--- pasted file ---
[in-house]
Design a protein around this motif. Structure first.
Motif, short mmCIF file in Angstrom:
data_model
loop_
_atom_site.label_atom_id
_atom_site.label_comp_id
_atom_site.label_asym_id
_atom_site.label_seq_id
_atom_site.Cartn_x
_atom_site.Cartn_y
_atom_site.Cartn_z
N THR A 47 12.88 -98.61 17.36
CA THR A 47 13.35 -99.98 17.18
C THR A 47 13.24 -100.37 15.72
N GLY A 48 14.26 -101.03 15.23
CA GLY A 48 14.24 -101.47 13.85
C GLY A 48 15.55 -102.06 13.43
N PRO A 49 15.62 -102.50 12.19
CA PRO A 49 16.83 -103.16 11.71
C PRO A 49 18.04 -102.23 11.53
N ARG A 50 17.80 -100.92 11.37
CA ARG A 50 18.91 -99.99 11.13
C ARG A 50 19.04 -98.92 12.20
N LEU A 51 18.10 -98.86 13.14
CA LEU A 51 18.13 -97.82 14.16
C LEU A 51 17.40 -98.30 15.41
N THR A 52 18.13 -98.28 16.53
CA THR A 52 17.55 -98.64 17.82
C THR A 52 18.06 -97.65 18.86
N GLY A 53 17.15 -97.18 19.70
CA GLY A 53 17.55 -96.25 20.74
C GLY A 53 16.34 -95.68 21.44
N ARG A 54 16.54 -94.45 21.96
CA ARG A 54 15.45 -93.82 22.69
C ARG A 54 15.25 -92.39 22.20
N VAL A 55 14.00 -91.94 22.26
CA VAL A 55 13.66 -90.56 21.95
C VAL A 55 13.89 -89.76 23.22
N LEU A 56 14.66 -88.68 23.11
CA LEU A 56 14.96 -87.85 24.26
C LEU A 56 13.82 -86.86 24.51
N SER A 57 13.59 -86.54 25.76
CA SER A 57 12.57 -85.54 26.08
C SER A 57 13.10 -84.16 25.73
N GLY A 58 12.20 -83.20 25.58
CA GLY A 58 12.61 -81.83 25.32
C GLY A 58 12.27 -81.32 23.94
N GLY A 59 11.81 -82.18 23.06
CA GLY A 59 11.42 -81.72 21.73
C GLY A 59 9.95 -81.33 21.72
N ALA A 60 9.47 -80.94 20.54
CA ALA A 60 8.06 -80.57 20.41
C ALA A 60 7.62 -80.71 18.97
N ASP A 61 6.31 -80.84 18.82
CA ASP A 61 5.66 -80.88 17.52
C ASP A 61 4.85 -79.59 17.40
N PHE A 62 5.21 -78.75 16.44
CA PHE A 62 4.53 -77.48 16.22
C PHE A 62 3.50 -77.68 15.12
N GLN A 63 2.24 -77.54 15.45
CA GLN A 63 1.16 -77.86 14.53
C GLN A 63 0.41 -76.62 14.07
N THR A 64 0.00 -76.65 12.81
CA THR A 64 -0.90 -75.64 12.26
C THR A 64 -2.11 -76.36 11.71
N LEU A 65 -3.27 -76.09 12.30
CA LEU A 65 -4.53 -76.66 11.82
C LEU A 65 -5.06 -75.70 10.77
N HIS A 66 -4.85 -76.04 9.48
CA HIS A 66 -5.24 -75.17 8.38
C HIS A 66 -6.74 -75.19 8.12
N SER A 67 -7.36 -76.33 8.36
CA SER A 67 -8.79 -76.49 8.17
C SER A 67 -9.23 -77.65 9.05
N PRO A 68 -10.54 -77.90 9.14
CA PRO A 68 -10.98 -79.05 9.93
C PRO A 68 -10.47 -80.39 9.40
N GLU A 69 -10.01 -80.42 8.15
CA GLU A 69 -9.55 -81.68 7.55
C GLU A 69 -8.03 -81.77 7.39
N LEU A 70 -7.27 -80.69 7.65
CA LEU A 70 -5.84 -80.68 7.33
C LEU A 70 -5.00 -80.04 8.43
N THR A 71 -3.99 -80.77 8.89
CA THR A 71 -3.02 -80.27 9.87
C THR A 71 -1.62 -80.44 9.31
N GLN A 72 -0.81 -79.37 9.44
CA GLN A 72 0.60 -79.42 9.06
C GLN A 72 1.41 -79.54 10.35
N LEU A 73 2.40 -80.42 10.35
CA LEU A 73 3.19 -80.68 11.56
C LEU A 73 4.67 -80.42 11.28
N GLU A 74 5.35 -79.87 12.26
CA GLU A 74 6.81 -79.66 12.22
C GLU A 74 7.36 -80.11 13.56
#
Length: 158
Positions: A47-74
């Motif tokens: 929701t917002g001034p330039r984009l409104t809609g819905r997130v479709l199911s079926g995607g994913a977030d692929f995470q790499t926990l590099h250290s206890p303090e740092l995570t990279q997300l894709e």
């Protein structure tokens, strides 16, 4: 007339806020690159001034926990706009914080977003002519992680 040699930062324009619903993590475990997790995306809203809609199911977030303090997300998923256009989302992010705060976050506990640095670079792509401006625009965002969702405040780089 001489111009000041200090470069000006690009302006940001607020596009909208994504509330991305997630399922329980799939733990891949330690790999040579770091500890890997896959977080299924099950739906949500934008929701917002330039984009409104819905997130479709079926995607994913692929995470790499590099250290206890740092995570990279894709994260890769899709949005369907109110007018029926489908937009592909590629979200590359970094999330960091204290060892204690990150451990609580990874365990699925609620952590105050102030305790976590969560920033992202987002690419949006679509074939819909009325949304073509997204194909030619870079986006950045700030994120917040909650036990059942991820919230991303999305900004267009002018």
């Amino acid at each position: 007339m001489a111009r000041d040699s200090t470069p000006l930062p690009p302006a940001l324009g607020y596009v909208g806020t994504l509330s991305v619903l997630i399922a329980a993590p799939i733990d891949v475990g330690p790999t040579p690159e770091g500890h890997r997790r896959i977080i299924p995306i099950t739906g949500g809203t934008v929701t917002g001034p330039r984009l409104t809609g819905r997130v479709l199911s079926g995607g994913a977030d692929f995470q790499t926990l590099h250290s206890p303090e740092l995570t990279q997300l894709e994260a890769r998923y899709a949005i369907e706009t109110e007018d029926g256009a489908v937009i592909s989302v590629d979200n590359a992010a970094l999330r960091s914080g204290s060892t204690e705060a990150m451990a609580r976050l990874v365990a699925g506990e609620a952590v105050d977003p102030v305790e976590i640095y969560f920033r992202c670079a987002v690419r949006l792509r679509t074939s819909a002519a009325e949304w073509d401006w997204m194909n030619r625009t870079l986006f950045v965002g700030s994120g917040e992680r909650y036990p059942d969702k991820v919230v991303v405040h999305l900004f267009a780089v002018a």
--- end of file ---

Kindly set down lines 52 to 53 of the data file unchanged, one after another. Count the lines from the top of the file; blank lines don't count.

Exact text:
N ALA A 60 9.47 -80.94 20.54
CA ALA A 60 8.06 -80.57 20.41